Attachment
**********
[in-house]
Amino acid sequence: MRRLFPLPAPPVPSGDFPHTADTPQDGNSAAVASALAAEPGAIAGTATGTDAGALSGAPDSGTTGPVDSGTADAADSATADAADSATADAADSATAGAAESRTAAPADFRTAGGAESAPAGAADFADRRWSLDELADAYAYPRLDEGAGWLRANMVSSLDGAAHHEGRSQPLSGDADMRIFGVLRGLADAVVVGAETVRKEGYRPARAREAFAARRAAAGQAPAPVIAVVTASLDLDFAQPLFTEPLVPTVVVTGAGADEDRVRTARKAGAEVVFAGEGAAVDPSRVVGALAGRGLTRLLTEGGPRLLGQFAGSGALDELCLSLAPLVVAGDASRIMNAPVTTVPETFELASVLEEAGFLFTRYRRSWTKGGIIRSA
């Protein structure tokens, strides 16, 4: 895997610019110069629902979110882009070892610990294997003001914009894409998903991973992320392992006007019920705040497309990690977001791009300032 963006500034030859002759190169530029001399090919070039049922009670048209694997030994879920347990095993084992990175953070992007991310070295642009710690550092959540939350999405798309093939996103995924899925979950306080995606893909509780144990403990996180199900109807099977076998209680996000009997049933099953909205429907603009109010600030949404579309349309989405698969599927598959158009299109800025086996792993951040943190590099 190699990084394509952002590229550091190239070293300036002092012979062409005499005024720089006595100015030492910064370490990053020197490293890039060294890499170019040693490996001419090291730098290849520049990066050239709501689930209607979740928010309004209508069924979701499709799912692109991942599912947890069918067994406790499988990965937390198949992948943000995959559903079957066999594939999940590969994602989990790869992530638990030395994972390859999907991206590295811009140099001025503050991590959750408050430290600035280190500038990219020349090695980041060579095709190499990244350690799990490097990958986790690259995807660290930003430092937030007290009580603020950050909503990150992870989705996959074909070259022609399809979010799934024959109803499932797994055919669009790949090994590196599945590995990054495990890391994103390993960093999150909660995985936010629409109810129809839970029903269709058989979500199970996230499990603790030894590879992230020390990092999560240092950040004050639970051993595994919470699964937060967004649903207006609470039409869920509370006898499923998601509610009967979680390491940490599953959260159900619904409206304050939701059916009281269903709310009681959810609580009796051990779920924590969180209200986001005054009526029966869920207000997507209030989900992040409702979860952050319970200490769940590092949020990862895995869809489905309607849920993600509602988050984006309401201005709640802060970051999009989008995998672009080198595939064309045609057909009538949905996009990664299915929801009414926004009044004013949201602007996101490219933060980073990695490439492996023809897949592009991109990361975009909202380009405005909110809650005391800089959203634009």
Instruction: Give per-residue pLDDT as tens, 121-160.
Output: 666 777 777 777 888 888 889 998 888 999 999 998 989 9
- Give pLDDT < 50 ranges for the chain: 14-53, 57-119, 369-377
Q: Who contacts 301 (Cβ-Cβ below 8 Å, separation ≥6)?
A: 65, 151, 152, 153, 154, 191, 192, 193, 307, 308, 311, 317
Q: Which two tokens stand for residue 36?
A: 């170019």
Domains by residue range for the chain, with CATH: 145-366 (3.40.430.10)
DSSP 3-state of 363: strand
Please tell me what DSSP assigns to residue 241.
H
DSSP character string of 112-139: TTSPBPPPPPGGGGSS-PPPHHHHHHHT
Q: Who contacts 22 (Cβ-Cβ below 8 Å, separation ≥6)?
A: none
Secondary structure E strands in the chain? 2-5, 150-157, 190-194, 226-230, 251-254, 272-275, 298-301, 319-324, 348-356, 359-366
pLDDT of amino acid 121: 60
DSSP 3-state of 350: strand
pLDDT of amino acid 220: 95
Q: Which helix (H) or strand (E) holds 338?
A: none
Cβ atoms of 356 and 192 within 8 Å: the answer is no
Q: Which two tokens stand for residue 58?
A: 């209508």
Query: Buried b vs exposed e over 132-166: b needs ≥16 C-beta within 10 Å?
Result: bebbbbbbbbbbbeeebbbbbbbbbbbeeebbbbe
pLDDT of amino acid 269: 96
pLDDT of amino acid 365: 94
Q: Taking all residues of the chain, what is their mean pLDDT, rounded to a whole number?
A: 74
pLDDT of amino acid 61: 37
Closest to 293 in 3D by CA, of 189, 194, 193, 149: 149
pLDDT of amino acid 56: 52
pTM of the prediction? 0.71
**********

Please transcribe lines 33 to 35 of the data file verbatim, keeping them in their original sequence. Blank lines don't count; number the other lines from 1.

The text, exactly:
pLDDT of amino acid 61: 37
Closest to 293 in 3D by CA, of 189, 194, 193, 149: 149
pLDDT of amino acid 56: 52